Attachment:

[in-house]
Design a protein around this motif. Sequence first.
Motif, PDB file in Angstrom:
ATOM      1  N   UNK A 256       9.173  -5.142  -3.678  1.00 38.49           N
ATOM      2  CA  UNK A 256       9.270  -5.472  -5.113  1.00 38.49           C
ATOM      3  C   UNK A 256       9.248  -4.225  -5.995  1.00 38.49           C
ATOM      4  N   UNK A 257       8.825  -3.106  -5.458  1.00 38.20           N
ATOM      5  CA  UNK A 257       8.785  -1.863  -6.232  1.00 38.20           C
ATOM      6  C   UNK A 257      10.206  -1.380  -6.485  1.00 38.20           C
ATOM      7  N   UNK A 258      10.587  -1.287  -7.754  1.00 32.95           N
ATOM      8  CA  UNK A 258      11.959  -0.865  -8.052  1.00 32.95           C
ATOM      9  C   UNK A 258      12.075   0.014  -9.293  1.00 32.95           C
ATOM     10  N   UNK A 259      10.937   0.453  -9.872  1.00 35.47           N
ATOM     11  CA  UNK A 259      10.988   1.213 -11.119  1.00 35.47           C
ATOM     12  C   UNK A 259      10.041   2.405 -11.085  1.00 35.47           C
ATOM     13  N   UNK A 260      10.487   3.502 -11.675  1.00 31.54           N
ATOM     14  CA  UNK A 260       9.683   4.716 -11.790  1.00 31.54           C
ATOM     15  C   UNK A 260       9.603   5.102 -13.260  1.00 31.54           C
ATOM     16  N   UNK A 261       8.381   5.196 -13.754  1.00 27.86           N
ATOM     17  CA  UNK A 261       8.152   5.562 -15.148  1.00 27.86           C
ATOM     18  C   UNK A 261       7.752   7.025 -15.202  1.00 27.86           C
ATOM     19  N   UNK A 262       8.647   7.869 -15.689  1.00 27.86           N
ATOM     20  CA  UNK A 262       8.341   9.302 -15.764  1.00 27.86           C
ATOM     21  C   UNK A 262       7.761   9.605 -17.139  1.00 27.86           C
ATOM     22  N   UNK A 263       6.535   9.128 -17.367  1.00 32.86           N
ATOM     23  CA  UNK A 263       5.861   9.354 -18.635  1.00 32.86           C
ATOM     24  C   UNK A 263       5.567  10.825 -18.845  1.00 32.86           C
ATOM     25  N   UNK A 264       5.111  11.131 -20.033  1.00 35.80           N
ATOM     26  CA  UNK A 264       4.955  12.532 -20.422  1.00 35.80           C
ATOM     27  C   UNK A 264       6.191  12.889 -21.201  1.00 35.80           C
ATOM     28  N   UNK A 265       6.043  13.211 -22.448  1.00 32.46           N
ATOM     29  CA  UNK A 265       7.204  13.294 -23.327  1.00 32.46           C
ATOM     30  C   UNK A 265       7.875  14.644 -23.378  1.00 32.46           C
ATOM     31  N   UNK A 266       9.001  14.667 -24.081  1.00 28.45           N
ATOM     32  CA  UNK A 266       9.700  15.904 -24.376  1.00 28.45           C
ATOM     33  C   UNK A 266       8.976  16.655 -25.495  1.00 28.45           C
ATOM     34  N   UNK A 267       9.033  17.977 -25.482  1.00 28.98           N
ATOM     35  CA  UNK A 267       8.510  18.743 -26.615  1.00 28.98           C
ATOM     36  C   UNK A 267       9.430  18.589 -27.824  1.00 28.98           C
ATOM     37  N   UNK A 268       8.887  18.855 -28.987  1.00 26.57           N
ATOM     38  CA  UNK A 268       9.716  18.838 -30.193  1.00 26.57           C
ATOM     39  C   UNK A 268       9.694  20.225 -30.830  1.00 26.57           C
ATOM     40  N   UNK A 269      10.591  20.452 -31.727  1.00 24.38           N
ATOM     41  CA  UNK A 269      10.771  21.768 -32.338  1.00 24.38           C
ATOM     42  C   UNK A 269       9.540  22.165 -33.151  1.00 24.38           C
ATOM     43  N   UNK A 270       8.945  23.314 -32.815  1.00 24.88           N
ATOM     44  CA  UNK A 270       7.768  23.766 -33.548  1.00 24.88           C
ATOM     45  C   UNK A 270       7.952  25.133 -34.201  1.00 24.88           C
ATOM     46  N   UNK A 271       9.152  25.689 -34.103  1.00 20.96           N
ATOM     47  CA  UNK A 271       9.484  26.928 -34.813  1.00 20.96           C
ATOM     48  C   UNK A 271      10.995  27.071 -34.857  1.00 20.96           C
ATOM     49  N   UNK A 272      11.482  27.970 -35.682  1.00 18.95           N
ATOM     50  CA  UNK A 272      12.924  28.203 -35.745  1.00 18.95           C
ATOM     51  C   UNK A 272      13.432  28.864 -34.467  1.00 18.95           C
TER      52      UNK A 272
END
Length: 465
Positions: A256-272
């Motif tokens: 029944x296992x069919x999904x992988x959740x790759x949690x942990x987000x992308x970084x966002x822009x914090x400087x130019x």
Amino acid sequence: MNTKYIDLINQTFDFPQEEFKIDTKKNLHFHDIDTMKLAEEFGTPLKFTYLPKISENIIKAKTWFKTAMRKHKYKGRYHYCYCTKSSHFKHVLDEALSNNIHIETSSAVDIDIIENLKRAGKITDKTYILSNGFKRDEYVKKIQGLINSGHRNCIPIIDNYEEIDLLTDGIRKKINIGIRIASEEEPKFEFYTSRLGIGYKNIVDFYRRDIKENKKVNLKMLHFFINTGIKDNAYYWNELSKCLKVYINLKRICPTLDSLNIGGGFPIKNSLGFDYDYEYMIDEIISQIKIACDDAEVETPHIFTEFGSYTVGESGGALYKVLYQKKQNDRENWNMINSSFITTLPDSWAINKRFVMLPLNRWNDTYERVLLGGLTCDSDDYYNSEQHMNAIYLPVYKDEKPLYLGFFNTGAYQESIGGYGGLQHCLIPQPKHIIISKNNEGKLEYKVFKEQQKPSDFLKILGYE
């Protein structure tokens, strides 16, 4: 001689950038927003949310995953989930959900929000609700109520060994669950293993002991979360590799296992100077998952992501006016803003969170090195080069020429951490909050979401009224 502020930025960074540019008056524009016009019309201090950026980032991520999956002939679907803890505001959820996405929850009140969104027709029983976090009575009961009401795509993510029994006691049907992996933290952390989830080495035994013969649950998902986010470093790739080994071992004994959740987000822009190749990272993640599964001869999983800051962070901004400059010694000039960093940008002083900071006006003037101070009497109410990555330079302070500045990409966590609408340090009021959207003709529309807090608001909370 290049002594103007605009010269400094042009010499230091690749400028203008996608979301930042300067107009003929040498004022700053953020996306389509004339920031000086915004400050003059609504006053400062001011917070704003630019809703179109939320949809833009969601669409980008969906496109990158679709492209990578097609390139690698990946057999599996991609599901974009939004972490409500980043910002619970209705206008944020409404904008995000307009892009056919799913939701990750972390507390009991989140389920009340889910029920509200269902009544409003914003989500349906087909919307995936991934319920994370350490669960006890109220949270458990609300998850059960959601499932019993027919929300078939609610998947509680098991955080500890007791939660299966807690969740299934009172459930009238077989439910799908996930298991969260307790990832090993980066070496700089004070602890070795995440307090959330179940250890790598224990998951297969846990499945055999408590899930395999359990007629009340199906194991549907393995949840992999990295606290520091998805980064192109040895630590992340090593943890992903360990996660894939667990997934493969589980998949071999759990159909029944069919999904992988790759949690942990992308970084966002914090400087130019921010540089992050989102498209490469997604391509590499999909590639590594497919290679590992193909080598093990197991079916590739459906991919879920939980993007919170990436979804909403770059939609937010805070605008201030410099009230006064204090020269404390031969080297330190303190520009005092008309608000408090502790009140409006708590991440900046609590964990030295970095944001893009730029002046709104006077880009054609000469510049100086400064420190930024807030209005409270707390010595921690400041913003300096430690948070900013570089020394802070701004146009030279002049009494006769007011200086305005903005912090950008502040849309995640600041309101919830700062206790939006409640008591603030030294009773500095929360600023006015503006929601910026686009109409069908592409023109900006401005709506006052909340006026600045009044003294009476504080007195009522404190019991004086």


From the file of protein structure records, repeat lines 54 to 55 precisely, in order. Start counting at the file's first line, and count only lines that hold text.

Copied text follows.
ATOM     51  C   UNK A 272      13.432  28.864 -34.467  1.00 18.95           C
TER      52      UNK A 272